Loring is a mathematical sociologist who focuses on the relationship between climate change and migration. Loring’s work aims to understand how geography and changes in local environments lead to different outcomes for communities across the globe. Specifically, Loring is interested in the ways in which climate change affects subsistence communities, and how communities utilize migration as a response to climate change. Loring is working as a postdoctoral associate with Dr. Michael Oppenheimer and Dr. Filiz Garip on research that aims to better understand and characterize the climate change and migration link.
Loring holds a Ph.D in Sociology from the University of California, Irvine, and was advised by Dr. Carter T. Butts. At UCI, Loring’s work focused on the relationship between heterogeneity in population distributions and COVID-19 outcomes early in the pandemic. Loring’s work highlighted the importance of understanding spatial patterns in where people live and work when examining outcomes during the pandemic. Loring also developed novel statistical techniques to model dynamic social networks in demographic exchange with their environments.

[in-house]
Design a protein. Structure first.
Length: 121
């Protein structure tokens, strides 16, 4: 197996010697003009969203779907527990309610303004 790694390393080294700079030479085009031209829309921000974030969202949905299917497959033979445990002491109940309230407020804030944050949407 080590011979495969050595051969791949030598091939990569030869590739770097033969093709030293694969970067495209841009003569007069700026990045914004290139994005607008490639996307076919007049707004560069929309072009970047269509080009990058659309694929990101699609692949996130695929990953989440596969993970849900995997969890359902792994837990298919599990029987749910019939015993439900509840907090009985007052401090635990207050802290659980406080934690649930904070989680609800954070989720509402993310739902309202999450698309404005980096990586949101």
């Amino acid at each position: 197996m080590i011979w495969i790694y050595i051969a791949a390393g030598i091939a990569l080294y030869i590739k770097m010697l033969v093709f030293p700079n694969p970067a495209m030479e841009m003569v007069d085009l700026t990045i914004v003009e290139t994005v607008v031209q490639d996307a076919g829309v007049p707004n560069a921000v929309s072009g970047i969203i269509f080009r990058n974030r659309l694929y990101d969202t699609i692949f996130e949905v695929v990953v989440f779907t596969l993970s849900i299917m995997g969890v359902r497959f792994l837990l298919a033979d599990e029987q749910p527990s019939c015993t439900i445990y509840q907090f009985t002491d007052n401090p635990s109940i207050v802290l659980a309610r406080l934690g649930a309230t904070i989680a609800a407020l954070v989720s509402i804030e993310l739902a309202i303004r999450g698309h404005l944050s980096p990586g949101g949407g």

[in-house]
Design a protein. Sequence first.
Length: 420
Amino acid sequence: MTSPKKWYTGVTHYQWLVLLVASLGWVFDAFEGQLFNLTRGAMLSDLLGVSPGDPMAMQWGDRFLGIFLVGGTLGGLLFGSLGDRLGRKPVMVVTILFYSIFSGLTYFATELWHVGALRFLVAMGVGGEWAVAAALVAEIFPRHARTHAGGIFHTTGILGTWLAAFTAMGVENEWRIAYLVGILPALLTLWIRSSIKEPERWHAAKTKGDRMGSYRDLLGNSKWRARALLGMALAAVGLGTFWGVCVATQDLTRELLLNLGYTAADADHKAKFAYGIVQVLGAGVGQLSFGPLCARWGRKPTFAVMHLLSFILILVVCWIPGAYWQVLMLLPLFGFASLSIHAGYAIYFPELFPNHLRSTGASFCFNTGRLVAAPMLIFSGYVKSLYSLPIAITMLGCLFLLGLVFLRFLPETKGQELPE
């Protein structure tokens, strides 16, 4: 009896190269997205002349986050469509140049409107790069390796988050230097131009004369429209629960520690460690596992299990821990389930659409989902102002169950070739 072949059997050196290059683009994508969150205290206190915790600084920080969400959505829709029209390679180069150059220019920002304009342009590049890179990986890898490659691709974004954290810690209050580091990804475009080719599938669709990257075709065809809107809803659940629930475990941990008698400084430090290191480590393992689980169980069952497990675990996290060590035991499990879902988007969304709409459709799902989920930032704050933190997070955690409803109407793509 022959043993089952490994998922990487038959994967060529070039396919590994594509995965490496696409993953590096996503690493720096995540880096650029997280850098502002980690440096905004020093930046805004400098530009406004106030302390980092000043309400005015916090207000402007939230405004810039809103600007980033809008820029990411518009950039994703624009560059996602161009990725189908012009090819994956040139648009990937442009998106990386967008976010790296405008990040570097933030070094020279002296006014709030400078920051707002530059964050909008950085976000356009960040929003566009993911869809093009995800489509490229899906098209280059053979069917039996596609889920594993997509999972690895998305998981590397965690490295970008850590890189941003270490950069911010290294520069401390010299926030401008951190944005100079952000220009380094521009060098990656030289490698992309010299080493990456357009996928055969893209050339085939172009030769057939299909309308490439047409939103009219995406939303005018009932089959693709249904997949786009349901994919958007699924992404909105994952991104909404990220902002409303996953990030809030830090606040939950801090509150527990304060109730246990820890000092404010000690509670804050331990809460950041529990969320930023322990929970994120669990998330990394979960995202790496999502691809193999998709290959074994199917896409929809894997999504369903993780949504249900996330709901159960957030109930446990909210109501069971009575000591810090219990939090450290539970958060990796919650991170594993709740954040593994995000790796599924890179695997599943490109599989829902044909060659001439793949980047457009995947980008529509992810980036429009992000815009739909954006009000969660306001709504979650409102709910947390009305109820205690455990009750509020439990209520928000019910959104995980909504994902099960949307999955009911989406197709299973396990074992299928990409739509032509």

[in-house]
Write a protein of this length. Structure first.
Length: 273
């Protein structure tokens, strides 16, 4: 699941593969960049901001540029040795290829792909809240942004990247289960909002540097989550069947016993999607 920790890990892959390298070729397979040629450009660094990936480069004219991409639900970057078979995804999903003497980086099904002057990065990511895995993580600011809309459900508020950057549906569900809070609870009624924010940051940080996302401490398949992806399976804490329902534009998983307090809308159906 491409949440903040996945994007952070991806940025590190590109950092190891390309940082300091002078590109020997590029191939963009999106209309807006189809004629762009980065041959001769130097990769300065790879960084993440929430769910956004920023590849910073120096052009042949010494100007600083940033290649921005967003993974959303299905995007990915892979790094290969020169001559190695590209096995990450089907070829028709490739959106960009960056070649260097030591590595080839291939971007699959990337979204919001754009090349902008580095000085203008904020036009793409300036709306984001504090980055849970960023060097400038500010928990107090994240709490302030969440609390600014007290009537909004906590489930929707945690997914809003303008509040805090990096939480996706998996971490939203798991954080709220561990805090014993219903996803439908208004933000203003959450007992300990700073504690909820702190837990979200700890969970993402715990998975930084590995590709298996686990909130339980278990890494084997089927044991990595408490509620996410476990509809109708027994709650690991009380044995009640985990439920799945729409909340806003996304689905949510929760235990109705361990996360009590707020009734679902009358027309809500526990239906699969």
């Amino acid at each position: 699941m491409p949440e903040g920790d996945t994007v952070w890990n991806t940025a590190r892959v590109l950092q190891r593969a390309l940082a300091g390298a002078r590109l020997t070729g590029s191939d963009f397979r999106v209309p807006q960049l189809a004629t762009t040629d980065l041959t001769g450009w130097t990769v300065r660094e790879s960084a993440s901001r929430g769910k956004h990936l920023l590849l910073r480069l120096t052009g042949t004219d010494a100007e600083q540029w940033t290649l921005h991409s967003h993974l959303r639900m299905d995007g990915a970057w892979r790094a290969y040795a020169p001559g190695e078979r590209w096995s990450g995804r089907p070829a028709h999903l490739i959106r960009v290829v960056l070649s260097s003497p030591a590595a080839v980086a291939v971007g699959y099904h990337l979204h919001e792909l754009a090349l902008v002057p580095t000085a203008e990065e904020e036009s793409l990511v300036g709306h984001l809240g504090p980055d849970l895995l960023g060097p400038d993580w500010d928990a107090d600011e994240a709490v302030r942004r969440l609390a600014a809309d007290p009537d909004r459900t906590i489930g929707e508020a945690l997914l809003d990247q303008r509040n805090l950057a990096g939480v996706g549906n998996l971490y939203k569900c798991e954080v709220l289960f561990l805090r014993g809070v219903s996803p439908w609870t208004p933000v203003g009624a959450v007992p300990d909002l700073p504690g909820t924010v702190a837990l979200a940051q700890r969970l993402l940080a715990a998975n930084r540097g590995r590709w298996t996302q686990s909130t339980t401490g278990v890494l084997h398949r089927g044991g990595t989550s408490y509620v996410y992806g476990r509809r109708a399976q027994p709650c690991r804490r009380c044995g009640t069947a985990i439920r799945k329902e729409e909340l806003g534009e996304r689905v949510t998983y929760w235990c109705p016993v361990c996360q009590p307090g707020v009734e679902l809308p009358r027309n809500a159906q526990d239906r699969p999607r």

Loring also holds a M.A. in Social Science from the University of California, Irvine, where he studied Demography.